Returning to the musty basement, Carrie cracked open the whiskey bottle, tipped it to her lips and swallowed. She screwed her face into a pained expression and shivered as the potent liquid burned through her body. Tommy Shelton was right—Old Crow was nasty stuff. She had believed him when he said it tasted that way to everyone. She had to, since this was her first drink ever. She took another swig and sat to embrace the double dose of Dutch courage.
She eyed the bottle with distaste and downed one last swallow. She examined it again, toyed with it, rewrapped it, and stuffed it in her pack.
Now for the fun part.
Carrie climbed the cellar stairs, and then continued up the thirteen additional steps to the second floor. She walked into Maggie’s room where her sister lay on the bed staring at the wall. Maggie hugged her chest, her eyes puffy, her cheeks stained with mascara.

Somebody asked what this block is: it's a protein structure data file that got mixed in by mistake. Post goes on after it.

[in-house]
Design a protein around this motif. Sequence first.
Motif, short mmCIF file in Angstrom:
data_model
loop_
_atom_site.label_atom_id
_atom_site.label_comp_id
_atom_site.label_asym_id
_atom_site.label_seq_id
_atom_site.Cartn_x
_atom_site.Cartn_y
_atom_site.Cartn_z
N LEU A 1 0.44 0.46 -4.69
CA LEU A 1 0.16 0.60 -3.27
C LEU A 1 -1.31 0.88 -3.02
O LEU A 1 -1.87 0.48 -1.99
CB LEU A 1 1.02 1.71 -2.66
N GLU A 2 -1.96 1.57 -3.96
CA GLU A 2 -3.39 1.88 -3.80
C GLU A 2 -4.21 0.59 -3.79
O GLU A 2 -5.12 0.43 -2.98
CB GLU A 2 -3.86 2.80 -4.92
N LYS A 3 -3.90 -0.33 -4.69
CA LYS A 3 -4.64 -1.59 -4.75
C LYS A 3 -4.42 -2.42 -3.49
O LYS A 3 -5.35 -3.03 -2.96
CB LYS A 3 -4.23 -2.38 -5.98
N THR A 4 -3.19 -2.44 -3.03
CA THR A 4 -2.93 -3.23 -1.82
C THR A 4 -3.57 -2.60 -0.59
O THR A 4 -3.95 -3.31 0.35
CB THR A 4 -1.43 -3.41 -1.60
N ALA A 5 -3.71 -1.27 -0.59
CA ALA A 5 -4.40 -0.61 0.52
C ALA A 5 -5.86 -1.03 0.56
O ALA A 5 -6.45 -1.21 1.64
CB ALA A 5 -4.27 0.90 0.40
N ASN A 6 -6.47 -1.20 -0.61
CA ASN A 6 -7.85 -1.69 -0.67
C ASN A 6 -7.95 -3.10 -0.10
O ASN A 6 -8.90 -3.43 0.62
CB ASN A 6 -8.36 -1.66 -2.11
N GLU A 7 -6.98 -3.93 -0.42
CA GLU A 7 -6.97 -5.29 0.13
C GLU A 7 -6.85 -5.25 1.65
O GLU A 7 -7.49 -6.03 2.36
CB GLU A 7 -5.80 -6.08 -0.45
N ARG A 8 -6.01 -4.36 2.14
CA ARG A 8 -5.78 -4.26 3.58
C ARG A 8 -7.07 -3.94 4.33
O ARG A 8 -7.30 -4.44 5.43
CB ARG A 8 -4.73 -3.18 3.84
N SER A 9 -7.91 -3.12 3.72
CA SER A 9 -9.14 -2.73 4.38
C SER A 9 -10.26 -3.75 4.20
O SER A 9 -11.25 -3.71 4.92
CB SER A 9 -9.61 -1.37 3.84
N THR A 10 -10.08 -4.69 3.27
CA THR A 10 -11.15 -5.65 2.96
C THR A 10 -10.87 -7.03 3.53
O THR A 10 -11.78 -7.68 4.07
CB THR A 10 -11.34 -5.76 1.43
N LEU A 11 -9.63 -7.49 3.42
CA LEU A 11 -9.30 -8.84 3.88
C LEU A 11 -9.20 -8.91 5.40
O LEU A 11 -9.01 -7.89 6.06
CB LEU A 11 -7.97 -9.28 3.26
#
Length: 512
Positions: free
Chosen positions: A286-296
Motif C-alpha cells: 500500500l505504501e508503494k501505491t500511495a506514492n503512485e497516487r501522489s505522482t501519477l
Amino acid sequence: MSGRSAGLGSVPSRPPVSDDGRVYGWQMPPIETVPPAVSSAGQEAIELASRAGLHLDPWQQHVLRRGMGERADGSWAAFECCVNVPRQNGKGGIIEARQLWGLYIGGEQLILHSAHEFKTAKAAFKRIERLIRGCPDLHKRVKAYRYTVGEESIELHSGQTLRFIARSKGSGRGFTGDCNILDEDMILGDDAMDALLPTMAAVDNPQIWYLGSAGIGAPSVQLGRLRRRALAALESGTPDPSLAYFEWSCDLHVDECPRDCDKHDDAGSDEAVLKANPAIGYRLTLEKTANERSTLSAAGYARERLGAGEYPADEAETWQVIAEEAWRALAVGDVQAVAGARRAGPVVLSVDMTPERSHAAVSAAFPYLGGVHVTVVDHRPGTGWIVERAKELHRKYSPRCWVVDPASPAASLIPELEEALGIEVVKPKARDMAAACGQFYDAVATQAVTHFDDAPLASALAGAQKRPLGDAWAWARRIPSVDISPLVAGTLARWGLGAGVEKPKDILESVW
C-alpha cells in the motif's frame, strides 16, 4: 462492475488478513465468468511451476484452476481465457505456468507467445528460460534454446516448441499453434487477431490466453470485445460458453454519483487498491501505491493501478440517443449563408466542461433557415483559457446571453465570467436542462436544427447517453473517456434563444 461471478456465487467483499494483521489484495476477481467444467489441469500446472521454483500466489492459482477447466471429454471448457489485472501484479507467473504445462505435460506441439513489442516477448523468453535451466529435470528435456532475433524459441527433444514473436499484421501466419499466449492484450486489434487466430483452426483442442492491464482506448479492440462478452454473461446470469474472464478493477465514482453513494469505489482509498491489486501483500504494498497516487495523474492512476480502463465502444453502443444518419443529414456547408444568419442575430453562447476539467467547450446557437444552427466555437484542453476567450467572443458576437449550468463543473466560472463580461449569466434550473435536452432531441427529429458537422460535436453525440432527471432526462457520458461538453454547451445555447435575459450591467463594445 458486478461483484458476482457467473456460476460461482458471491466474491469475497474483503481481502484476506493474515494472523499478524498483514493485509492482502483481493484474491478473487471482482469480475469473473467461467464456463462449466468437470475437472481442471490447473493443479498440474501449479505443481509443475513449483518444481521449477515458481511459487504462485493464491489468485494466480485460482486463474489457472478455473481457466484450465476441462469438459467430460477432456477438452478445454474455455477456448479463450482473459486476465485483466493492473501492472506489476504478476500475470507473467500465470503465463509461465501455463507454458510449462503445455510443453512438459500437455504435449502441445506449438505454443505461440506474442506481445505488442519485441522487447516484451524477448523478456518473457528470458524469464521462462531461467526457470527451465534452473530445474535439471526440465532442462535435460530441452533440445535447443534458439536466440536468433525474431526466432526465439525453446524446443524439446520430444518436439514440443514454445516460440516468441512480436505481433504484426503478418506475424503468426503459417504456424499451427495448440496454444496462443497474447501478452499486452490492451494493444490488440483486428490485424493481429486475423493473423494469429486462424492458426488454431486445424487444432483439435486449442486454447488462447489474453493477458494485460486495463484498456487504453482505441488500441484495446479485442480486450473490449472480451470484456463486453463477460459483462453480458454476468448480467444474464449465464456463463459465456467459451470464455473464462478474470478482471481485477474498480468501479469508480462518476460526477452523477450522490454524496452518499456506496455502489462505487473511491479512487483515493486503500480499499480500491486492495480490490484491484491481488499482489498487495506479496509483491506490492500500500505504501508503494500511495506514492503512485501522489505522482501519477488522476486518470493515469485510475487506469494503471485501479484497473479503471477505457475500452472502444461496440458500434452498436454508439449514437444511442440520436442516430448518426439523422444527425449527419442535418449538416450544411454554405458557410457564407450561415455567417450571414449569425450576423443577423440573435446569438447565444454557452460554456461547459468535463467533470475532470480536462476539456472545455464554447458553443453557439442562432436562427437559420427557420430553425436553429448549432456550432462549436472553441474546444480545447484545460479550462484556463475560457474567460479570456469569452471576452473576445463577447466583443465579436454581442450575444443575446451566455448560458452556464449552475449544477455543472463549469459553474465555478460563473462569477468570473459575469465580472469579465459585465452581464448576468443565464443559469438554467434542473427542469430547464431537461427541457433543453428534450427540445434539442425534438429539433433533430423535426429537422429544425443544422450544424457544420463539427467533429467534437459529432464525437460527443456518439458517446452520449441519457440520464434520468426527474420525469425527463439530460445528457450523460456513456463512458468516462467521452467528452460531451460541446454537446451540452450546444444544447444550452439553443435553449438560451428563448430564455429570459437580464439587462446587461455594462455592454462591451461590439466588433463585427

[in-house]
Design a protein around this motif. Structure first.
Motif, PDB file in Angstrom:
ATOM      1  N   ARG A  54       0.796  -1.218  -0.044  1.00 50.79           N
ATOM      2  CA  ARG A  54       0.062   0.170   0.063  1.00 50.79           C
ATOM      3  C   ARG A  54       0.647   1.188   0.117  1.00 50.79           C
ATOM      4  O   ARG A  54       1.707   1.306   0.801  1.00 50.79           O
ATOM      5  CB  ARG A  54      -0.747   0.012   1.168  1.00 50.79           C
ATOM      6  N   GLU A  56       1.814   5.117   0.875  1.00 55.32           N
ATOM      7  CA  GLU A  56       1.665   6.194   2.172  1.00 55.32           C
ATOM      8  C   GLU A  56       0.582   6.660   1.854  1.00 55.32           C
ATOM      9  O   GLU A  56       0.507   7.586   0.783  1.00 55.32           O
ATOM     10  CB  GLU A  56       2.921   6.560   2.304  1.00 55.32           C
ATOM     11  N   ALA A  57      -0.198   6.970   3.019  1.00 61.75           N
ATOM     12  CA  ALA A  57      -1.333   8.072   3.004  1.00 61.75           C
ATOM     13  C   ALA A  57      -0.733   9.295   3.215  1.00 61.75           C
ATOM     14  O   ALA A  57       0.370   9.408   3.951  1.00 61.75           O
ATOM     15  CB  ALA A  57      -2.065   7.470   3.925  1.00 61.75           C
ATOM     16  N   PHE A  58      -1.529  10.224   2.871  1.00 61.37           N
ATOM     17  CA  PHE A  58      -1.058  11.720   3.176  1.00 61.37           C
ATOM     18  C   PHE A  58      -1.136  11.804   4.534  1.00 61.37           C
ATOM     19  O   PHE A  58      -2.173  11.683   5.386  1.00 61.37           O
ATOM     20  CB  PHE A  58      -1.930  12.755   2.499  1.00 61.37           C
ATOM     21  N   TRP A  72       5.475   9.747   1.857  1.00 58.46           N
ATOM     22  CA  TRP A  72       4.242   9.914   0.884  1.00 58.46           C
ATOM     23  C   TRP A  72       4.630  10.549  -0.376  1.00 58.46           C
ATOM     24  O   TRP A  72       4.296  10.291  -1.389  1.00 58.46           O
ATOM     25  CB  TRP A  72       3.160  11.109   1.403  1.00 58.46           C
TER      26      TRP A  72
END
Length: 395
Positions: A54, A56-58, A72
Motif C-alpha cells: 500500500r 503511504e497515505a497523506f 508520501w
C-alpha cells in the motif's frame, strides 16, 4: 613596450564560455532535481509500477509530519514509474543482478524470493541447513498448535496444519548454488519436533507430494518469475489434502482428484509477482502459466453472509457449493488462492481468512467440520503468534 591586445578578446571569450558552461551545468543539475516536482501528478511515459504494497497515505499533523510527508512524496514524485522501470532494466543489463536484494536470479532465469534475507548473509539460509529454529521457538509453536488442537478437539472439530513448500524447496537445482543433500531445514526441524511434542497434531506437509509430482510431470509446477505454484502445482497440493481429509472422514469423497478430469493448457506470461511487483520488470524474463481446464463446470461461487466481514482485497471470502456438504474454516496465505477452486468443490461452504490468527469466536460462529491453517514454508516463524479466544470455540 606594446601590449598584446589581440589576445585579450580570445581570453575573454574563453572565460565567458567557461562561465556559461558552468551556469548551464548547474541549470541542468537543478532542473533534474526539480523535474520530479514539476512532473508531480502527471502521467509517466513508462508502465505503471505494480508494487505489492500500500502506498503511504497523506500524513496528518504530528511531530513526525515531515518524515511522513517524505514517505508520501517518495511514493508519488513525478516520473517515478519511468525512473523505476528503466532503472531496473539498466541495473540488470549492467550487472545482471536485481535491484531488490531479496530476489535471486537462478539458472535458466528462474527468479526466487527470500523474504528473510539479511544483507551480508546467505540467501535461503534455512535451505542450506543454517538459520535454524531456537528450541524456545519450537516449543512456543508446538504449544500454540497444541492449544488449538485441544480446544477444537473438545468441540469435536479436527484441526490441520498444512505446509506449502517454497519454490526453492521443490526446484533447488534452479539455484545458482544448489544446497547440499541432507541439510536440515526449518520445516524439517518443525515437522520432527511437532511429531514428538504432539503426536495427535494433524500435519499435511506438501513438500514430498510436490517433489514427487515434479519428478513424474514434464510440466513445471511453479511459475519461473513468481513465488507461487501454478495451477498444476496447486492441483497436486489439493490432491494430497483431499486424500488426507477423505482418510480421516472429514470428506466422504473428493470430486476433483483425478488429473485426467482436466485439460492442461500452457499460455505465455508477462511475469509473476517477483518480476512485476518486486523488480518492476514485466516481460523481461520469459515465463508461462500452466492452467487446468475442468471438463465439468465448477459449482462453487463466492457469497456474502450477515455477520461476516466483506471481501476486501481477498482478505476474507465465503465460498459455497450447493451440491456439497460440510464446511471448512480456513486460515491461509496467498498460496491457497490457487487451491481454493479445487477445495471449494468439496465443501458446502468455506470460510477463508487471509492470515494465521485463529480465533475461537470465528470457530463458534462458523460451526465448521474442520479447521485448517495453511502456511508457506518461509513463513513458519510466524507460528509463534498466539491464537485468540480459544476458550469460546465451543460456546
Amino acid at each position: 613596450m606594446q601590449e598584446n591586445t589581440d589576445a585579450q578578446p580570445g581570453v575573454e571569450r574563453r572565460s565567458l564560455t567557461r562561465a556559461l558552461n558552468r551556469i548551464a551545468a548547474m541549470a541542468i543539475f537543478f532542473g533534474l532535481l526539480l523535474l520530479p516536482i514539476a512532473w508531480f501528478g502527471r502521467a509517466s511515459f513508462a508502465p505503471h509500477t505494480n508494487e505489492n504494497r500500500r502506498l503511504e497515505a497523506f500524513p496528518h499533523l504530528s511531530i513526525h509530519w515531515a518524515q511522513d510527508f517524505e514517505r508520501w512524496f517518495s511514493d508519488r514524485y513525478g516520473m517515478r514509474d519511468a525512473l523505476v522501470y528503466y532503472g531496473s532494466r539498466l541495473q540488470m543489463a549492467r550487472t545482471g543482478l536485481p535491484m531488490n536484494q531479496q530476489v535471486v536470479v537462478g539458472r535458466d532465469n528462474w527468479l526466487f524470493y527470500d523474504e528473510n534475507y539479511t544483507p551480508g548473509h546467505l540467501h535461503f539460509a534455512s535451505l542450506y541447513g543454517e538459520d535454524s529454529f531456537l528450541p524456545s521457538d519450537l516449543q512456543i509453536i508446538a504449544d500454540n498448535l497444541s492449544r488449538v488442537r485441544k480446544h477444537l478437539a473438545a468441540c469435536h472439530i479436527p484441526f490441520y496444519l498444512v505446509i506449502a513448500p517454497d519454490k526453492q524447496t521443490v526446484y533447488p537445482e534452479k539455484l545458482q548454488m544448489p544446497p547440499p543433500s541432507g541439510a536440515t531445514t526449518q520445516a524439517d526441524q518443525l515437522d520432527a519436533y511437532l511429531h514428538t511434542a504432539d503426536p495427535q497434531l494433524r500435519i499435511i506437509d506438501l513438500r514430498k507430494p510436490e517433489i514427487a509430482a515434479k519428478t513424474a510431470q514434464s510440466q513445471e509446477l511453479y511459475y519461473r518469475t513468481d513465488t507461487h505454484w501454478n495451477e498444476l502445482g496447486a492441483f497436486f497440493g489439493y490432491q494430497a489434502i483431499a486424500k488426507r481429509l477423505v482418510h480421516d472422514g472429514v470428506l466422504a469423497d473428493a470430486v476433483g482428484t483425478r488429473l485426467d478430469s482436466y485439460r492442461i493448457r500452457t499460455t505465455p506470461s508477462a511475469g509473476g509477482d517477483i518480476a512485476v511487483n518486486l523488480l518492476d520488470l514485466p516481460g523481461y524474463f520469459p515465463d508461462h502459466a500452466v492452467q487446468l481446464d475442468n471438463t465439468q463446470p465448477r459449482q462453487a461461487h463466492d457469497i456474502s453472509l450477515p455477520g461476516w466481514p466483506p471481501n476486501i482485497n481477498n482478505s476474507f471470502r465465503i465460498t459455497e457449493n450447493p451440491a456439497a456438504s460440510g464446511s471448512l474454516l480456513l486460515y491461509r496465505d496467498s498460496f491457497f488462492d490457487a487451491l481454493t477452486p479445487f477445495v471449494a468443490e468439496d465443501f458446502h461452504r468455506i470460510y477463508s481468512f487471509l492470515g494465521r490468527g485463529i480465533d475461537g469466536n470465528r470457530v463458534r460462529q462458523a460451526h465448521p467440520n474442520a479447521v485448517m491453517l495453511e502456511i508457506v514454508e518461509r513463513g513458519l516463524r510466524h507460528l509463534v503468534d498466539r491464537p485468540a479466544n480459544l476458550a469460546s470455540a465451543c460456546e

“You look like hell, Mags.”
Maggie scowled. “So do you, Squirt.” She turned and stared at her sister’s glistening eyes. “And you look like…omigod! Have—have you been drinking?”
Carrie sat on the bed and grinned. “A little.”
“What’s wrong with you? And what’re you so happy about?”
“Nothing,” Carrie said. “Just glad it’s Friday, that’s all.” She regretted the words immediately.
Maggie glared at her. “You wouldn’t say that if—if…” Maggie twisted away and began to bawl, hiding her face, shoulders quaking.
Carrie huddled beside her sister and wrapped her arm around her.
“Oh, Mags, I’m so sorry. Don’t cry. I wasn’t thinking. It’ll be all right. Please don’t cry.” Carrie also began to weep, her cries turning to sobs.
Maggie sat up and pushed her away.